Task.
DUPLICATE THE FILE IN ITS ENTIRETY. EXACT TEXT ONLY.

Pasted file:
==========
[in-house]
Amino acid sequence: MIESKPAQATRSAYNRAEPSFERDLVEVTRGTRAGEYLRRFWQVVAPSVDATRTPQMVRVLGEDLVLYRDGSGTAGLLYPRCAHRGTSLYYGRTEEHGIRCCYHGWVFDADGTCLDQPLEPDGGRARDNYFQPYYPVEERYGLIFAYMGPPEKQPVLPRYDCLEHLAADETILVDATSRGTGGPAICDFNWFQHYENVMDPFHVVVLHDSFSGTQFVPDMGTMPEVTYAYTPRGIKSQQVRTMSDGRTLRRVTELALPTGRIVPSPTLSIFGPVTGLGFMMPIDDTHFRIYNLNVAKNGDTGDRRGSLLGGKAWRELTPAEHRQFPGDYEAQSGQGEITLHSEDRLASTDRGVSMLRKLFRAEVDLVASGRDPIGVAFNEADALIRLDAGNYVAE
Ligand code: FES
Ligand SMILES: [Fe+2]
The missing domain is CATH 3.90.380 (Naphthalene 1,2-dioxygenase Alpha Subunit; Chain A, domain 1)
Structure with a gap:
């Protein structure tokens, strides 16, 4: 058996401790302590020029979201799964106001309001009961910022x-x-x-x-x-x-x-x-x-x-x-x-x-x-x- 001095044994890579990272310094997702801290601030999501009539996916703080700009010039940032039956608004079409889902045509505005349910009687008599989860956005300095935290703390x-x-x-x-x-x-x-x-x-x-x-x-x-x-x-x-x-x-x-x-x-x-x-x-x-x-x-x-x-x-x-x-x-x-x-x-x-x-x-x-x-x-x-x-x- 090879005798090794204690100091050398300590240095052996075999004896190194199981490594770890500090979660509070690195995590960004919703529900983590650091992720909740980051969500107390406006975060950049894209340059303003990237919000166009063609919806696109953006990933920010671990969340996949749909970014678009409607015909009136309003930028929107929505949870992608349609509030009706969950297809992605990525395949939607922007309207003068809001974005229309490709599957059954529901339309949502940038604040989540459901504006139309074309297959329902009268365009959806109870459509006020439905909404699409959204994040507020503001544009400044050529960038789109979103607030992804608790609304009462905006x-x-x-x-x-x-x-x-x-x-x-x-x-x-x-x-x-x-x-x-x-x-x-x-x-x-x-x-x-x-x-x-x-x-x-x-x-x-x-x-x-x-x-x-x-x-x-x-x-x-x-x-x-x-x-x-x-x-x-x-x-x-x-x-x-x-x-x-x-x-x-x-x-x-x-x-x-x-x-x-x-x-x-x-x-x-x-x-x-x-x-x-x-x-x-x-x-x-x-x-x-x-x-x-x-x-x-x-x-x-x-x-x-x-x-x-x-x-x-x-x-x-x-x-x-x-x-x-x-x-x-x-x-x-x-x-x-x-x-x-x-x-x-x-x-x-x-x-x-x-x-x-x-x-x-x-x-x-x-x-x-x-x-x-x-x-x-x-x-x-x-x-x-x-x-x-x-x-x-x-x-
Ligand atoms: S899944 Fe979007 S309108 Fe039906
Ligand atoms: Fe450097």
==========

[in-house]
Amino acid sequence: MIESKPAQATRSAYNRAEPSFERDLVEVTRGTRAGEYLRRFWQVVAPSVDATRTPQMVRVLGEDLVLYRDGSGTAGLLYPRCAHRGTSLYYGRTEEHGIRCCYHGWVFDADGTCLDQPLEPDGGRARDNYFQPYYPVEERYGLIFAYMGPPEKQPVLPRYDCLEHLAADETILVDATSRGTGGPAICDFNWFQHYENVMDPFHVVVLHDSFSGTQFVPDMGTMPEVTYAYTPRGIKSQQVRTMSDGRTLRRVTELALPTGRIVPSPTLSIFGPVTGLGFMMPIDDTHFRIYNLNVAKNGDTGDRRGSLLGGKAWRELTPAEHRQFPGDYEAQSGQGEITLHSEDRLASTDRGVSMLRKLFRAEVDLVASGRDPIGVAFNEADALIRLDAGNYVAE
Ligand code: FES
Ligand SMILES: [Fe+2]
The missing domain is CATH 3.90.380 (Naphthalene 1,2-dioxygenase Alpha Subunit; Chain A, domain 1)
Structure with a gap:
């Protein structure tokens, strides 16, 4: 058996401790302590020029979201799964106001309001009961910022x-x-x-x-x-x-x-x-x-x-x-x-x-x-x- 001095044994890579990272310094997702801290601030999501009539996916703080700009010039940032039956608004079409889902045509505005349910009687008599989860956005300095935290703390x-x-x-x-x-x-x-x-x-x-x-x-x-x-x-x-x-x-x-x-x-x-x-x-x-x-x-x-x-x-x-x-x-x-x-x-x-x-x-x-x-x-x-x-x- 090879005798090794204690100091050398300590240095052996075999004896190194199981490594770890500090979660509070690195995590960004919703529900983590650091992720909740980051969500107390406006975060950049894209340059303003990237919000166009063609919806696109953006990933920010671990969340996949749909970014678009409607015909009136309003930028929107929505949870992608349609509030009706969950297809992605990525395949939607922007309207003068809001974005229309490709599957059954529901339309949502940038604040989540459901504006139309074309297959329902009268365009959806109870459509006020439905909404699409959204994040507020503001544009400044050529960038789109979103607030992804608790609304009462905006x-x-x-x-x-x-x-x-x-x-x-x-x-x-x-x-x-x-x-x-x-x-x-x-x-x-x-x-x-x-x-x-x-x-x-x-x-x-x-x-x-x-x-x-x-x-x-x-x-x-x-x-x-x-x-x-x-x-x-x-x-x-x-x-x-x-x-x-x-x-x-x-x-x-x-x-x-x-x-x-x-x-x-x-x-x-x-x-x-x-x-x-x-x-x-x-x-x-x-x-x-x-x-x-x-x-x-x-x-x-x-x-x-x-x-x-x-x-x-x-x-x-x-x-x-x-x-x-x-x-x-x-x-x-x-x-x-x-x-x-x-x-x-x-x-x-x-x-x-x-x-x-x-x-x-x-x-x-x-x-x-x-x-x-x-x-x-x-x-x-x-x-x-x-x-x-x-x-x-x-x-
Ligand atoms: S899944 Fe979007 S309108 Fe039906
Ligand atoms: Fe450097």